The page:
In recent years, there has been a trend towards increasing speed limits. LA Times reports speed limits have been going up nationwide, reflecting the "more-harried" lifestyle of drivers. Since 2005, 13 states have increased their speed limits. States now have speeds as high as 80 MPH on certain stretches of interstate and some are even considering going to 85 MPH.
In Florida, the maximum speed limit on rural highways is 65 and on urban highways the maximum speed limit is 70 . However, residents still need to be concerned about rising speed limits as they drive locally and throughout the United States. As states trend towards ever-increasing limits, others will follow suit because of political pressure to raise their own speeding caps. Georgia, for example, was one of the 13 states that increased its speed limit and the higher limits there could create political pressure for nearby Florida to take similar action. The faster a car is going, the more significant risk a motor vehicle accident will occur.
Rising Speed Limits Creates Increased Risk of Motor Vehicle Accidents
Research has clearly shown higher speed limits can be dangerous. Insurance Institute for Highway Safety indicates the "safety consequences of raising speed limits" are clear. There will be more accidents, and more severe crashes, if the trend continues towards increasing speed limits.
When a state increases its speed limit by five miles per hour, this only reduces the amount of time it takes to drive across the country by around two hours. However, it significantly increase the chance of injuries or death in accidents, especially if a pedestrian is involved in the collision. A more significant increase in the speed limit can have an especially profound impact on road safety. When the speed limit goes from 40 MPH to 60 MPH hour, the speed limit has increased by 50 percent but the energy generated by a crash increases 125 percent.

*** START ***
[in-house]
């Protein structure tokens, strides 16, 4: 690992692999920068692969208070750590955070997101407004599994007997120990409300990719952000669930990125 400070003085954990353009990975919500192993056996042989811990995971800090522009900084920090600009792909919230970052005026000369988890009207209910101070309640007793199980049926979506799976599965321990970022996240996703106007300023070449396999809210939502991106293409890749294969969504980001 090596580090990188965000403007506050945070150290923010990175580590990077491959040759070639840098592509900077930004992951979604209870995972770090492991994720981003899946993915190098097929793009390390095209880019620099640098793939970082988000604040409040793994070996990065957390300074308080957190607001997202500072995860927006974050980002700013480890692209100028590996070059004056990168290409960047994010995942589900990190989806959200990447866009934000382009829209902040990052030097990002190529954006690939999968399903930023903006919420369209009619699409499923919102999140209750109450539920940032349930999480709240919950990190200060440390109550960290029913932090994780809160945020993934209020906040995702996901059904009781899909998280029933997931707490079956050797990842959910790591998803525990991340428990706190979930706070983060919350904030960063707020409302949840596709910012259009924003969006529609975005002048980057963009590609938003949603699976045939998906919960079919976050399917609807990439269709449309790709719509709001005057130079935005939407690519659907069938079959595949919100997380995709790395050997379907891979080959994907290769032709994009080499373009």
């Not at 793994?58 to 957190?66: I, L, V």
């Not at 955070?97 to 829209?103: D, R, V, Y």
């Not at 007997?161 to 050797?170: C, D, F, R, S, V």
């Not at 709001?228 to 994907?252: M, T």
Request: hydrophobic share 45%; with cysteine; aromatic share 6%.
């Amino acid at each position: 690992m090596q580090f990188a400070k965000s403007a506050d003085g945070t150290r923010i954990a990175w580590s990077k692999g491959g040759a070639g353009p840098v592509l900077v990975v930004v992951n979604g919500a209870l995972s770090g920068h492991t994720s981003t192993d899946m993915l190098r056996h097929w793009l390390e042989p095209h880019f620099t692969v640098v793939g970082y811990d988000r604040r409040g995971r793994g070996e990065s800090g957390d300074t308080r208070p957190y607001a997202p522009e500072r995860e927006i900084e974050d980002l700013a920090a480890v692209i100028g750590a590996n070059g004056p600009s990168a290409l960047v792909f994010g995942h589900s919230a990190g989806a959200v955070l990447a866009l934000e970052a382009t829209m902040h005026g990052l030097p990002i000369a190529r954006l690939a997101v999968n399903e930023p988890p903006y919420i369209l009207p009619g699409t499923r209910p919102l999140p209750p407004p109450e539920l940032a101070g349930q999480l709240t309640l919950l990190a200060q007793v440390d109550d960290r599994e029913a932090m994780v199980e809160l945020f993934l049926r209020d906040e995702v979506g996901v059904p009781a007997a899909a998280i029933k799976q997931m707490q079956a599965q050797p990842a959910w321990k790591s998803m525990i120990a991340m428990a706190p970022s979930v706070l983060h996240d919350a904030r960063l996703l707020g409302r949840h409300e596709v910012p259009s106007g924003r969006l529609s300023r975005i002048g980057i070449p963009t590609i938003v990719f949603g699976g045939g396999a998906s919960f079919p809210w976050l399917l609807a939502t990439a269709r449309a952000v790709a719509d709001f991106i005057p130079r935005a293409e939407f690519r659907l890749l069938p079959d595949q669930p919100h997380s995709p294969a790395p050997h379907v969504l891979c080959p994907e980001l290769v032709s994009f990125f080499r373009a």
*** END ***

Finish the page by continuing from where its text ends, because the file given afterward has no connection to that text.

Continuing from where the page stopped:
Speed is already a leading contributor of motor vehicle accidents. Nationwide, 29 percent of deaths in car accidents are attributed to speeding. A total of 9,613 people died in 2013 in speeding-related collisions. Speeding-related accidents have a cost of $52 billion annually.
Speeding increases the stopping distance of a car, so the vehicle will travel for a longer period of time and will go farther after a driver identifies an emergency and hits the brakes. It also increases the crash energy significantly, so when two cars collide and are going faster, there is significantly more energy transferred to occupants.
There are limits to the amount of energy which can be effectively managed when cars collide, so systems like barriers, crash cushions and restraint systems in vehicles are less effective when cars are going too fast.
Before speed limits continue to go up, these very real risks need to be addressed.